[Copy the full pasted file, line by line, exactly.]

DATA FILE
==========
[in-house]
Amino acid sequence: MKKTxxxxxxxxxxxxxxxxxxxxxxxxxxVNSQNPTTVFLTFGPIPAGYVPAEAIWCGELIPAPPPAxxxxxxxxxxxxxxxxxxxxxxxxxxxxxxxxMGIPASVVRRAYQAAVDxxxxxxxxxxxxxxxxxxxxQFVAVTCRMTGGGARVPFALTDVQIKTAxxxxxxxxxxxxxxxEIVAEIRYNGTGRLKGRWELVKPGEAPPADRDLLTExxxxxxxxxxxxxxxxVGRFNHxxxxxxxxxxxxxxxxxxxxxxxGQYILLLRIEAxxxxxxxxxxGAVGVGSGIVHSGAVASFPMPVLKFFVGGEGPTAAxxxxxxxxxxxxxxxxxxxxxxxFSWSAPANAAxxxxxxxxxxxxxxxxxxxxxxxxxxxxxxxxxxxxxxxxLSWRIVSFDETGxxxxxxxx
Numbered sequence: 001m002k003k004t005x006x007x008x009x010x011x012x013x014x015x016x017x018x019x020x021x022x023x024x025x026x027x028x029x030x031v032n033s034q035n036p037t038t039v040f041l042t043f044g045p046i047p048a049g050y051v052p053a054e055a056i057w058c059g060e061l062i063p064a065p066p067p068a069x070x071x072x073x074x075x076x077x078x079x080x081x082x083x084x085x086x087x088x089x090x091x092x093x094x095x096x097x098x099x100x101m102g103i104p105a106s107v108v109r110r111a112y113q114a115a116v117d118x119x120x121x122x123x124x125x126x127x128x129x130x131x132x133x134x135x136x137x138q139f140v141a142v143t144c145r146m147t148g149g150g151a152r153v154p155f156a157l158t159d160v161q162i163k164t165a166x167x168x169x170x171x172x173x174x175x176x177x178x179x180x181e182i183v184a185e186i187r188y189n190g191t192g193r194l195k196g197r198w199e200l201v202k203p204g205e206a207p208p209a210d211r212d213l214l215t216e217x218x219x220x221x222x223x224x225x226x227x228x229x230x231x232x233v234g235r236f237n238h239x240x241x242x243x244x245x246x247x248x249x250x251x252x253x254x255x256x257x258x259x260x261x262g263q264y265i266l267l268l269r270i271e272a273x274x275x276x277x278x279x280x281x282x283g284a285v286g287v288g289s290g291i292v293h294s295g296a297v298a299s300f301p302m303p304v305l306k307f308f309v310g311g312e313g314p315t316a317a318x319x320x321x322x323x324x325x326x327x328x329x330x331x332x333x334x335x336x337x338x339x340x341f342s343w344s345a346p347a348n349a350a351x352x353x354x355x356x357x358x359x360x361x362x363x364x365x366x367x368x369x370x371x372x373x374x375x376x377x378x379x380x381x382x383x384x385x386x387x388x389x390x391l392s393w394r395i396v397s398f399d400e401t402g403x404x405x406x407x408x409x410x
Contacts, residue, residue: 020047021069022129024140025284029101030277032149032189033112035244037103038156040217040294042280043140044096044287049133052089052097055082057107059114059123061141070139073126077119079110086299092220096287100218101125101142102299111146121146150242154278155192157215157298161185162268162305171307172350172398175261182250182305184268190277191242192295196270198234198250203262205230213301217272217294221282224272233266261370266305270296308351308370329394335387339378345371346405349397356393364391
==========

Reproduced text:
[in-house]
Amino acid sequence: MKKTxxxxxxxxxxxxxxxxxxxxxxxxxxVNSQNPTTVFLTFGPIPAGYVPAEAIWCGELIPAPPPAxxxxxxxxxxxxxxxxxxxxxxxxxxxxxxxxMGIPASVVRRAYQAAVDxxxxxxxxxxxxxxxxxxxxQFVAVTCRMTGGGARVPFALTDVQIKTAxxxxxxxxxxxxxxxEIVAEIRYNGTGRLKGRWELVKPGEAPPADRDLLTExxxxxxxxxxxxxxxxVGRFNHxxxxxxxxxxxxxxxxxxxxxxxGQYILLLRIEAxxxxxxxxxxGAVGVGSGIVHSGAVASFPMPVLKFFVGGEGPTAAxxxxxxxxxxxxxxxxxxxxxxxFSWSAPANAAxxxxxxxxxxxxxxxxxxxxxxxxxxxxxxxxxxxxxxxxLSWRIVSFDETGxxxxxxxx
Numbered sequence: 001m002k003k004t005x006x007x008x009x010x011x012x013x014x015x016x017x018x019x020x021x022x023x024x025x026x027x028x029x030x031v032n033s034q035n036p037t038t039v040f041l042t043f044g045p046i047p048a049g050y051v052p053a054e055a056i057w058c059g060e061l062i063p064a065p066p067p068a069x070x071x072x073x074x075x076x077x078x079x080x081x082x083x084x085x086x087x088x089x090x091x092x093x094x095x096x097x098x099x100x101m102g103i104p105a106s107v108v109r110r111a112y113q114a115a116v117d118x119x120x121x122x123x124x125x126x127x128x129x130x131x132x133x134x135x136x137x138q139f140v141a142v143t144c145r146m147t148g149g150g151a152r153v154p155f156a157l158t159d160v161q162i163k164t165a166x167x168x169x170x171x172x173x174x175x176x177x178x179x180x181e182i183v184a185e186i187r188y189n190g191t192g193r194l195k196g197r198w199e200l201v202k203p204g205e206a207p208p209a210d211r212d213l214l215t216e217x218x219x220x221x222x223x224x225x226x227x228x229x230x231x232x233v234g235r236f237n238h239x240x241x242x243x244x245x246x247x248x249x250x251x252x253x254x255x256x257x258x259x260x261x262g263q264y265i266l267l268l269r270i271e272a273x274x275x276x277x278x279x280x281x282x283g284a285v286g287v288g289s290g291i292v293h294s295g296a297v298a299s300f301p302m303p304v305l306k307f308f309v310g311g312e313g314p315t316a317a318x319x320x321x322x323x324x325x326x327x328x329x330x331x332x333x334x335x336x337x338x339x340x341f342s343w344s345a346p347a348n349a350a351x352x353x354x355x356x357x358x359x360x361x362x363x364x365x366x367x368x369x370x371x372x373x374x375x376x377x378x379x380x381x382x383x384x385x386x387x388x389x390x391l392s393w394r395i396v397s398f399d400e401t402g403x404x405x406x407x408x409x410x
Contacts, residue, residue: 020047021069022129024140025284029101030277032149032189033112035244037103038156040217040294042280043140044096044287049133052089052097055082057107059114059123061141070139073126077119079110086299092220096287100218101125101142102299111146121146150242154278155192157215157298161185162268162305171307172350172398175261182250182305184268190277191242192295196270198234198250203262205230213301217272217294221282224272233266261370266305270296308351308370329394335387339378345371346405349397356393364391